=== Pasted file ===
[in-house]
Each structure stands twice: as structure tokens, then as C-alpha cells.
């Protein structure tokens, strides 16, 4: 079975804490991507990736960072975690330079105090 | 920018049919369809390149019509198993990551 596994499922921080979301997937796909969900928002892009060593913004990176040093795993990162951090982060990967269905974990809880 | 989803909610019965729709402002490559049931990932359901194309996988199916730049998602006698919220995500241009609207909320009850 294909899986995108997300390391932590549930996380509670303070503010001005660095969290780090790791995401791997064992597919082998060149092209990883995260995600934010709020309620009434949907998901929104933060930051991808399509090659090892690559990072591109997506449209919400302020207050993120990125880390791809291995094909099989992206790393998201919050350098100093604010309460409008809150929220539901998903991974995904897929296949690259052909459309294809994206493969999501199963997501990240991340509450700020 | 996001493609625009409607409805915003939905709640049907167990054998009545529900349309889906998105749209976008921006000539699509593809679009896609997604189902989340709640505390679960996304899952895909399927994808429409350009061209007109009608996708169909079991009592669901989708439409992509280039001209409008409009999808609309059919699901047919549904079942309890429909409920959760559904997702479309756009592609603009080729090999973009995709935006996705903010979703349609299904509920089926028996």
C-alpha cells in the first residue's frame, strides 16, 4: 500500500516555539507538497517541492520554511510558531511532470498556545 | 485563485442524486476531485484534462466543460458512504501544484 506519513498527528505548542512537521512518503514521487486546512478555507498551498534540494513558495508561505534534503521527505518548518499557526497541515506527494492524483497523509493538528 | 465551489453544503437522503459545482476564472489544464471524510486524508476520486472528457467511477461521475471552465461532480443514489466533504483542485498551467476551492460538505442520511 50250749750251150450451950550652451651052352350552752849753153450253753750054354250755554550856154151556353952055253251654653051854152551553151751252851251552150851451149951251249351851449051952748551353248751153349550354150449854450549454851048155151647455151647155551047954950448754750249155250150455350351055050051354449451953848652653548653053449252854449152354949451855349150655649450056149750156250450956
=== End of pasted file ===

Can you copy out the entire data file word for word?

[in-house]
Each structure stands twice: as structure tokens, then as C-alpha cells.
């Protein structure tokens, strides 16, 4: 079975804490991507990736960072975690330079105090 | 920018049919369809390149019509198993990551 596994499922921080979301997937796909969900928002892009060593913004990176040093795993990162951090982060990967269905974990809880 | 989803909610019965729709402002490559049931990932359901194309996988199916730049998602006698919220995500241009609207909320009850 294909899986995108997300390391932590549930996380509670303070503010001005660095969290780090790791995401791997064992597919082998060149092209990883995260995600934010709020309620009434949907998901929104933060930051991808399509090659090892690559990072591109997506449209919400302020207050993120990125880390791809291995094909099989992206790393998201919050350098100093604010309460409008809150929220539901998903991974995904897929296949690259052909459309294809994206493969999501199963997501990240991340509450700020 | 996001493609625009409607409805915003939905709640049907167990054998009545529900349309889906998105749209976008921006000539699509593809679009896609997604189902989340709640505390679960996304899952895909399927994808429409350009061209007109009608996708169909079991009592669901989708439409992509280039001209409008409009999808609309059919699901047919549904079942309890429909409920959760559904997702479309756009592609603009080729090999973009995709935006996705903010979703349609299904509920089926028996």
C-alpha cells in the first residue's frame, strides 16, 4: 500500500516555539507538497517541492520554511510558531511532470498556545 | 485563485442524486476531485484534462466543460458512504501544484 506519513498527528505548542512537521512518503514521487486546512478555507498551498534540494513558495508561505534534503521527505518548518499557526497541515506527494492524483497523509493538528 | 465551489453544503437522503459545482476564472489544464471524510486524508476520486472528457467511477461521475471552465461532480443514489466533504483542485498551467476551492460538505442520511 50250749750251150450451950550652451651052352350552752849753153450253753750054354250755554550856154151556353952055253251654653051854152551553151751252851251552150851451149951251249351851449051952748551353248751153349550354150449854450549454851048155151647455151647155551047954950448754750249155250150455350351055050051354449451953848652653548653053449252854449152354949451855349150655649450056149750156250450956